For some time now, many believed that Google had abandoned all hope of optimizing the Android platform for tablets. In place of Android tablets, some speculate that the next iteration of Android tablets will, in fact, be Chromebooks.
Based on several recent changes to the Chromium Repository, it looks like Samsung is working on a detachable Chromebook. If true, it could be the first of many 2-in-1 devices that run the Chrome operating system and full-sized Android apps side by side…
At this moment, roughly 60 Chromebooks now have the capability of running Android applications. Many of these devices are also convertible, allowing them to fold back and be used in “tablet” mode. While this is convenient when you want the keyboard out of the way, it means to use the Chromebook as a tablet, you are stuck with a decent amount of weight and thickness.
The folks over at Chrome Unboxed, who are notorious for finding new devices and features hidden within the Chromium Repository, noticed changes to the code in early October that pointed to a new Chromebook being developed called “Nautilus.” What made this device different was several lines of text that can be read below:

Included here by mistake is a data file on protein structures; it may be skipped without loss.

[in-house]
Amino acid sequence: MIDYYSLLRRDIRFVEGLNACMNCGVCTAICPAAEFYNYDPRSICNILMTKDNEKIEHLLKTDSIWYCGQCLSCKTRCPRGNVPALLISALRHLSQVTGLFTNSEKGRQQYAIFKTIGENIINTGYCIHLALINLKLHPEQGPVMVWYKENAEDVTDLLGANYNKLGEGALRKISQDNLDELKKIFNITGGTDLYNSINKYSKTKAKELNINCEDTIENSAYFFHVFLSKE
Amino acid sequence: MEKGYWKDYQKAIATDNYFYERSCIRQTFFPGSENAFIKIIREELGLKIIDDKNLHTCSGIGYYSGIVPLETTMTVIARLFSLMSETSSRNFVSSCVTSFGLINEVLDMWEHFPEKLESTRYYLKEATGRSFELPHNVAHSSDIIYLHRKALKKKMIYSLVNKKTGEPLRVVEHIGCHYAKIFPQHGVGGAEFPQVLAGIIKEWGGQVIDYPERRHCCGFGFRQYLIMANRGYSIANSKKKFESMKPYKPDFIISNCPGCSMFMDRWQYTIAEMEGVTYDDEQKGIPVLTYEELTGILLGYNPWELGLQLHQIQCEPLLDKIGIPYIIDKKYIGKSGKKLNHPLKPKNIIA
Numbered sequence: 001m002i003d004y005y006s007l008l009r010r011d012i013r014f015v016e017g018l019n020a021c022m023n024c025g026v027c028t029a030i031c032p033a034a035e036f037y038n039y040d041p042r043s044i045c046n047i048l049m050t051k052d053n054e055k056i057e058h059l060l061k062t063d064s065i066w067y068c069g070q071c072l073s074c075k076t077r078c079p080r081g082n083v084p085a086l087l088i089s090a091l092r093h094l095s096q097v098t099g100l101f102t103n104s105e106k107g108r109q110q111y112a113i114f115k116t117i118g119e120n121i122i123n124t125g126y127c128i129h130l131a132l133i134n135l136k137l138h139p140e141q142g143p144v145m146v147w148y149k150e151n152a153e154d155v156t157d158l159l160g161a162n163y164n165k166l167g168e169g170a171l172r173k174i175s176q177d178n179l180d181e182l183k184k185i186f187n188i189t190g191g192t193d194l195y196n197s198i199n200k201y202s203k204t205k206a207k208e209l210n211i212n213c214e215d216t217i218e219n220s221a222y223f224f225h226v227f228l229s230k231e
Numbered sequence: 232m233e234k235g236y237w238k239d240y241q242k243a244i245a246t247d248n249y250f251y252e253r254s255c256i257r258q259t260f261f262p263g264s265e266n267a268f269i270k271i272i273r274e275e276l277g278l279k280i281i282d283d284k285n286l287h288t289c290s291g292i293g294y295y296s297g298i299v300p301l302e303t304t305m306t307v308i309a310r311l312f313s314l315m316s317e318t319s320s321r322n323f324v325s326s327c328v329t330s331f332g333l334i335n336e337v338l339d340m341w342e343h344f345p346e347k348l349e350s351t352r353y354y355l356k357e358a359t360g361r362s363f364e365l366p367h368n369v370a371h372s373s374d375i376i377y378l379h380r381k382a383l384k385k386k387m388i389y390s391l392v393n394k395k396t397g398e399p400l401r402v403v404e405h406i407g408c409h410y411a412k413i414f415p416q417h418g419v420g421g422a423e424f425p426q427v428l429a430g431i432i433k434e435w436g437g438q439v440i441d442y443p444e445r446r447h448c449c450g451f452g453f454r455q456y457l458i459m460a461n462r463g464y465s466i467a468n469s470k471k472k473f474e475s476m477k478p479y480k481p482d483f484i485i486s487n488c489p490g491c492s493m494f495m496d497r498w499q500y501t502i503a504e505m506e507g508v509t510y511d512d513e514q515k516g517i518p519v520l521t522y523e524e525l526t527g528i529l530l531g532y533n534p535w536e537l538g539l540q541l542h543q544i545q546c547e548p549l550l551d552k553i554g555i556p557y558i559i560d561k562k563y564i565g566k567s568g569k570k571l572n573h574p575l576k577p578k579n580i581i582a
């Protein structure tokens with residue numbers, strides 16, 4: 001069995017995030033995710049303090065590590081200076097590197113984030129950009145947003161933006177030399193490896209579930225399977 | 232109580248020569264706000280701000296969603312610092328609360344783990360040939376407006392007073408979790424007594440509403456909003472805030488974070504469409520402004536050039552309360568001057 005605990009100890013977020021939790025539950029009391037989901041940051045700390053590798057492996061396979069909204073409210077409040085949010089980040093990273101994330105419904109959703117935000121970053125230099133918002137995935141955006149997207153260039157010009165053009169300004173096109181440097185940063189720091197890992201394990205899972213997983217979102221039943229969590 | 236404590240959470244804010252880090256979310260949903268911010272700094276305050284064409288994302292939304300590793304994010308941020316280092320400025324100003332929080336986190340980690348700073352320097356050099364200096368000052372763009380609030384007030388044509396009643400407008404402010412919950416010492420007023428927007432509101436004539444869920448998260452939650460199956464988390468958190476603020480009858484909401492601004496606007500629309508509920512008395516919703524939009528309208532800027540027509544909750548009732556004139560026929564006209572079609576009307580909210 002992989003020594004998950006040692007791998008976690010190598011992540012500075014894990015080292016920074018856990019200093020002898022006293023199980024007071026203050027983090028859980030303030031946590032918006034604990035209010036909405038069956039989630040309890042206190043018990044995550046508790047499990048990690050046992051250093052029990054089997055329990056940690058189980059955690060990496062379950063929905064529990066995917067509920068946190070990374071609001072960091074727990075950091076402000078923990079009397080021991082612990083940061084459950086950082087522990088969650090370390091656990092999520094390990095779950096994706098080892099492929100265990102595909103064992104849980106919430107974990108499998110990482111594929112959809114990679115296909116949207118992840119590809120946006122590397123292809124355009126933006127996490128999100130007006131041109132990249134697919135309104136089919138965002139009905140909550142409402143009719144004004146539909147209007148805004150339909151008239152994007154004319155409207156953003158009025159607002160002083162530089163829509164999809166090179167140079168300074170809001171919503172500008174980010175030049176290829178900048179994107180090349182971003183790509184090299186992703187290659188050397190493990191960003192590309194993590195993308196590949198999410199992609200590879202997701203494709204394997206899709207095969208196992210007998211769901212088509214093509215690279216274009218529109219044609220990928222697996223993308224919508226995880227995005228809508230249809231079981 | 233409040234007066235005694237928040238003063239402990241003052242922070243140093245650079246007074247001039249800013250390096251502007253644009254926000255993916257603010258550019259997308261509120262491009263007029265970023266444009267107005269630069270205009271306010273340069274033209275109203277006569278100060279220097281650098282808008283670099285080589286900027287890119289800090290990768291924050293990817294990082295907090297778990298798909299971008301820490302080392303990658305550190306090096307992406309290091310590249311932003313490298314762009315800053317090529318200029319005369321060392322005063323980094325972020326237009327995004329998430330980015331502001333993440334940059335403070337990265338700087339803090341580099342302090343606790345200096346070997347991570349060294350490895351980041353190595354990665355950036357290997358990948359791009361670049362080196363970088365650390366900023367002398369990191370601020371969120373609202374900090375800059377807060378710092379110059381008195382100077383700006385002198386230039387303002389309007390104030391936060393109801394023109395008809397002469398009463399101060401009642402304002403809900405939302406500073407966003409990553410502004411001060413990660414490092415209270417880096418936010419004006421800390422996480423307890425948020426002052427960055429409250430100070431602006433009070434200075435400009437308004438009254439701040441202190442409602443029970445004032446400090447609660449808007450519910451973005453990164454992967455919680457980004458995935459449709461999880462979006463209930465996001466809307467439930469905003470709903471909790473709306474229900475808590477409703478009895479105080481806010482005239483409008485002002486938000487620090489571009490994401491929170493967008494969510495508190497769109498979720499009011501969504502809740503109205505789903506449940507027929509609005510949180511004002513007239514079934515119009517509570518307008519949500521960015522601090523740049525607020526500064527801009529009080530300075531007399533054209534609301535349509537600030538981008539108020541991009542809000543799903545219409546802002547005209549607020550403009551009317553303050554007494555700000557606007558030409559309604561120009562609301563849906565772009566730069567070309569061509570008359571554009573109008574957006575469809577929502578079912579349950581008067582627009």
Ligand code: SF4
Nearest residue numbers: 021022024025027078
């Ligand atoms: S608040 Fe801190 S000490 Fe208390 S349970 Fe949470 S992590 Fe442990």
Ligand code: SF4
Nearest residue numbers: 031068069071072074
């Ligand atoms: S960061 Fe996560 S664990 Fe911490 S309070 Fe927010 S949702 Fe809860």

This function is called whenever there is a change in the base detect * status. Actions taken include:
* 1. Change in power to base
* 2. Indicate mode change to host.
* 3. Indicate tablet mode to host. Current assumption is that if base is
* disconnected then the system is in tablet mode, else if the base is
* connected, then the system is not in tablet mode.
Nautilus board.c file
At the time, Chrome Unboxed was unable to identify which company was manufacturing the Chromebook other than a small BIOS firmware vendor called AMI (American Megatrends). That all changed yesterday when new commits were made to the repository by an individual named Jongpil Jung. As Chrome Unboxed points out, Jung, who happens to have his Samsung email address linked to the repository, was named as part of the Samsung Chromebook Pro/Plus development process.
At this point, there isn’t much known about this Samsung Nautilus Chromebook other than the fact that it’ll be a 2-in-1 device and run on a Kaby Lake Intel processor. We can guess that it might look like some of Samsung’s other 2-in-1 laptops that it manufacturers to run Microsoft Windows, but nothing is confirmed.
Based on the limited number of mentions in the Chromium Repository, it’s safe to say that the Nautilus is still in the early stages of development. Because of this, don’t be surprised if Samsung doesn’t unveil this Chromebook until 2018.